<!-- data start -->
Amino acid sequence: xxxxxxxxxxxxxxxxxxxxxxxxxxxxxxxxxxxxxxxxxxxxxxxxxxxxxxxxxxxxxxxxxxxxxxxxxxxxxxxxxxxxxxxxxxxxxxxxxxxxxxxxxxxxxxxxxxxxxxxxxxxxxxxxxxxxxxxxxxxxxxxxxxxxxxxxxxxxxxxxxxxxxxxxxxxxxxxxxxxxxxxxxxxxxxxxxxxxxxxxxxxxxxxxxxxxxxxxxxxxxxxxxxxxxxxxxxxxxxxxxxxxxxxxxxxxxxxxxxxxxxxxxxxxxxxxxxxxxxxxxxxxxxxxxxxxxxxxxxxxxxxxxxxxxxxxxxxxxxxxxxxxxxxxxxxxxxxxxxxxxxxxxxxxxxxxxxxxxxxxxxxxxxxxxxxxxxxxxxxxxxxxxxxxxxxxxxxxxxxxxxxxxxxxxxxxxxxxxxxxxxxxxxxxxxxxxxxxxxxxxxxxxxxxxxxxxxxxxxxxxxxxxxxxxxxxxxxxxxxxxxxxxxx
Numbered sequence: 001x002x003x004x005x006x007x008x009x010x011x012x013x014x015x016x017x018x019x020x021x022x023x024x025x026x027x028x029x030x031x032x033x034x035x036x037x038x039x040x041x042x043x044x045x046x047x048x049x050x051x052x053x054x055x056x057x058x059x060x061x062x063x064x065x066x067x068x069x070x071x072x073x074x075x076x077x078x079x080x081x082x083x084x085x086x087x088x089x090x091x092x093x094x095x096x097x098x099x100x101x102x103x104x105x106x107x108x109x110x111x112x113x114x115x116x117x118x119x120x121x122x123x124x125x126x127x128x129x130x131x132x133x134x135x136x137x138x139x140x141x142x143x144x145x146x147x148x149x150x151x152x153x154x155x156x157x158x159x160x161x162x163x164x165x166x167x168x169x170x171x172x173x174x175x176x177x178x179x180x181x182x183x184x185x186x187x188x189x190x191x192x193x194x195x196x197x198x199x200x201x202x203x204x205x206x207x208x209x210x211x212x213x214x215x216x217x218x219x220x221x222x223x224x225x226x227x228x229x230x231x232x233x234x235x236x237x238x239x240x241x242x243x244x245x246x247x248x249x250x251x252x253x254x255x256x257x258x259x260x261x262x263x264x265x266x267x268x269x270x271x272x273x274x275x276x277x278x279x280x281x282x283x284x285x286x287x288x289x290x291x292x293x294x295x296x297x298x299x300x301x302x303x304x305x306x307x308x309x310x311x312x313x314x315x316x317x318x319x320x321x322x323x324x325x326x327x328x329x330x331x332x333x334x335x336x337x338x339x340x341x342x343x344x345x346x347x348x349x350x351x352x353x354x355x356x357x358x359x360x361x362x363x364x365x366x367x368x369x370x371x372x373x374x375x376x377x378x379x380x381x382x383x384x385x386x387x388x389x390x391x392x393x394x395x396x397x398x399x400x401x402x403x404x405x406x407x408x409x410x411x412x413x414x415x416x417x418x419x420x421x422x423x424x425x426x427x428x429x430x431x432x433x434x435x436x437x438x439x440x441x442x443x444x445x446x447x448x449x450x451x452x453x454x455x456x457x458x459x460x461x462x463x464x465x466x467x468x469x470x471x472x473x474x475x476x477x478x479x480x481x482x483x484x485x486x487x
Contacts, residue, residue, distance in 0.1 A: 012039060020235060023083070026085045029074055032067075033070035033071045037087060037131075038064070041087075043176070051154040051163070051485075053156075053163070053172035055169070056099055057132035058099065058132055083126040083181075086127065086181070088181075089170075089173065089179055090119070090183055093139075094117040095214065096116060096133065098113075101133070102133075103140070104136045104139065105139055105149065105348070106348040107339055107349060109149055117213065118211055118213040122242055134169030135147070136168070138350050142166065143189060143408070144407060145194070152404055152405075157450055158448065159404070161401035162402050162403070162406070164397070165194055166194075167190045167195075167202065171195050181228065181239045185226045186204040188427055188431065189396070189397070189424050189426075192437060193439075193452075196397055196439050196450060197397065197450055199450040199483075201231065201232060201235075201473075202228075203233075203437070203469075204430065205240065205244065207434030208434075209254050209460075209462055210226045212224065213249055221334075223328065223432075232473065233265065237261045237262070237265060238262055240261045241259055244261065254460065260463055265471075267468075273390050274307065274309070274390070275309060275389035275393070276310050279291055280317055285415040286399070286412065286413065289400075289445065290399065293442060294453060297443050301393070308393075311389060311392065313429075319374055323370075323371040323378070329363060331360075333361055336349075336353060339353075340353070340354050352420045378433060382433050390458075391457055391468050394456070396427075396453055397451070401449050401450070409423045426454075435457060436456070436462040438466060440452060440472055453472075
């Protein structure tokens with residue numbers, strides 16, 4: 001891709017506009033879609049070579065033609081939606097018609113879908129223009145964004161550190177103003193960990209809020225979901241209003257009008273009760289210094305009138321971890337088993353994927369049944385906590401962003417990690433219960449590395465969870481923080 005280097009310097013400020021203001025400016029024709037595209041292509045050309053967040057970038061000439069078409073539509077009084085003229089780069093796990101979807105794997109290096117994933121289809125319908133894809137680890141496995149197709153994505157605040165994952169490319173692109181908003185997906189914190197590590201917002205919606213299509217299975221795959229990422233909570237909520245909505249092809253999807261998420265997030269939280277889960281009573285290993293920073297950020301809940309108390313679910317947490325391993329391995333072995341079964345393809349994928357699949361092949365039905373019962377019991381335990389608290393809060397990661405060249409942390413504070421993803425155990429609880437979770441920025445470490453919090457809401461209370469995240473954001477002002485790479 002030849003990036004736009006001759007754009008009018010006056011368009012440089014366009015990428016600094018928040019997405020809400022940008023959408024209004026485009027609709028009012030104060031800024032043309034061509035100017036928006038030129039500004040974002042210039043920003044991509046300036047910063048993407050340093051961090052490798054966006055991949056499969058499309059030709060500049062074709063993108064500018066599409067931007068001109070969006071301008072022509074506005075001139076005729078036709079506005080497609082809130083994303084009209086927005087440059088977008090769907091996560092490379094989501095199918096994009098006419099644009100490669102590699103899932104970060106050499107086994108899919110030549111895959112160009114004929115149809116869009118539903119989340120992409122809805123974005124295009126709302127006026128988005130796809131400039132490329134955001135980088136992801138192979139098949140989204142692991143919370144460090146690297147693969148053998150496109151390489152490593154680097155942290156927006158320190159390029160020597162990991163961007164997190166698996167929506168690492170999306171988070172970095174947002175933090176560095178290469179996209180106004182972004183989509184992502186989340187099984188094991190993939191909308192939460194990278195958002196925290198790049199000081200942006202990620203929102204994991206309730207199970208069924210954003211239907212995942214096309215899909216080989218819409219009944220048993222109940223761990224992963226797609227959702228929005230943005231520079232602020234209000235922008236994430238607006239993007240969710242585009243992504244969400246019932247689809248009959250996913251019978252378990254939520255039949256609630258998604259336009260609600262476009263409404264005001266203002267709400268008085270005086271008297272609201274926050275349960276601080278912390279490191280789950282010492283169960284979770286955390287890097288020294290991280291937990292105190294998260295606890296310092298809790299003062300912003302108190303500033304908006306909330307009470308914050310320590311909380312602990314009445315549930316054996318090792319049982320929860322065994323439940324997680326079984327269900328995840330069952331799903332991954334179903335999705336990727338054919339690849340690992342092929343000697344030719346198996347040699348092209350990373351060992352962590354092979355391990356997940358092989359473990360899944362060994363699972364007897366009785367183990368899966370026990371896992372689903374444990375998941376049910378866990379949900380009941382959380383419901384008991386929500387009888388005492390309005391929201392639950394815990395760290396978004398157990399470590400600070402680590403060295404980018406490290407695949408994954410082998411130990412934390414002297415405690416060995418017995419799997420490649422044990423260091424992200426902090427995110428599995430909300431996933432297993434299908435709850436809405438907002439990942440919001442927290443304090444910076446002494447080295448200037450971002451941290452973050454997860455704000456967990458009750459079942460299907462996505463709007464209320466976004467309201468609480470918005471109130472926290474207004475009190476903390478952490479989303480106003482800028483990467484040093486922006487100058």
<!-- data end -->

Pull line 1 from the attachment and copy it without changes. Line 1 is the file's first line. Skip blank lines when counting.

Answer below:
Amino acid sequence: xxxxxxxxxxxxxxxxxxxxxxxxxxxxxxxxxxxxxxxxxxxxxxxxxxxxxxxxxxxxxxxxxxxxxxxxxxxxxxxxxxxxxxxxxxxxxxxxxxxxxxxxxxxxxxxxxxxxxxxxxxxxxxxxxxxxxxxxxxxxxxxxxxxxxxxxxxxxxxxxxxxxxxxxxxxxxxxxxxxxxxxxxxxxxxxxxxxxxxxxxxxxxxxxxxxxxxxxxxxxxxxxxxxxxxxxxxxxxxxxxxxxxxxxxxxxxxxxxxxxxxxxxxxxxxxxxxxxxxxxxxxxxxxxxxxxxxxxxxxxxxxxxxxxxxxxxxxxxxxxxxxxxxxxxxxxxxxxxxxxxxxxxxxxxxxxxxxxxxxxxxxxxxxxxxxxxxxxxxxxxxxxxxxxxxxxxxxxxxxxxxxxxxxxxxxxxxxxxxxxxxxxxxxxxxxxxxxxxxxxxxxxxxxxxxxxxxxxxxxxxxxxxxxxxxxxxxxxxxxxxxxxxxx